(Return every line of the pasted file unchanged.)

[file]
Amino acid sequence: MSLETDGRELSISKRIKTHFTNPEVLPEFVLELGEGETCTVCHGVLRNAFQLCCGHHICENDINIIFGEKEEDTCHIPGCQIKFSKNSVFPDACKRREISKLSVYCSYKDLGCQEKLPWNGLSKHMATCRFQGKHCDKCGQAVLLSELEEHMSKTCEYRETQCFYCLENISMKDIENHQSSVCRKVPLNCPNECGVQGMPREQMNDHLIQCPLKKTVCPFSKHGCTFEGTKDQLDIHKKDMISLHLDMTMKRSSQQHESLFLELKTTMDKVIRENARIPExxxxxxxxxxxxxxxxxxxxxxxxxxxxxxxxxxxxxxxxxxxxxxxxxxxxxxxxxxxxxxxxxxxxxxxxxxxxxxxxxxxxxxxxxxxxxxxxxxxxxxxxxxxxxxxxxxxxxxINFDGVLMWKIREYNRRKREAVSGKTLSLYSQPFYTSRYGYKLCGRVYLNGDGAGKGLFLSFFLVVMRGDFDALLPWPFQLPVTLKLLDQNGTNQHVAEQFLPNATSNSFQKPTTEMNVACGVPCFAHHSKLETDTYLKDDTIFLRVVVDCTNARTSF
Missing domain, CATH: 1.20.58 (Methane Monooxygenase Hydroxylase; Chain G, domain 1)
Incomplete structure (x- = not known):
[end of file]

Amino acid sequence: MSLETDGRELSISKRIKTHFTNPEVLPEFVLELGEGETCTVCHGVLRNAFQLCCGHHICENDINIIFGEKEEDTCHIPGCQIKFSKNSVFPDACKRREISKLSVYCSYKDLGCQEKLPWNGLSKHMATCRFQGKHCDKCGQAVLLSELEEHMSKTCEYRETQCFYCLENISMKDIENHQSSVCRKVPLNCPNECGVQGMPREQMNDHLIQCPLKKTVCPFSKHGCTFEGTKDQLDIHKKDMISLHLDMTMKRSSQQHESLFLELKTTMDKVIRENARIPExxxxxxxxxxxxxxxxxxxxxxxxxxxxxxxxxxxxxxxxxxxxxxxxxxxxxxxxxxxxxxxxxxxxxxxxxxxxxxxxxxxxxxxxxxxxxxxxxxxxxxxxxxxxxxxxxxxxxxINFDGVLMWKIREYNRRKREAVSGKTLSLYSQPFYTSRYGYKLCGRVYLNGDGAGKGLFLSFFLVVMRGDFDALLPWPFQLPVTLKLLDQNGTNQHVAEQFLPNATSNSFQKPTTEMNVACGVPCFAHHSKLETDTYLKDDTIFLRVVVDCTNARTSF
Missing domain, CATH: 1.20.58 (Methane Monooxygenase Hydroxylase; Chain G, domain 1)
Incomplete structure (x- = not known):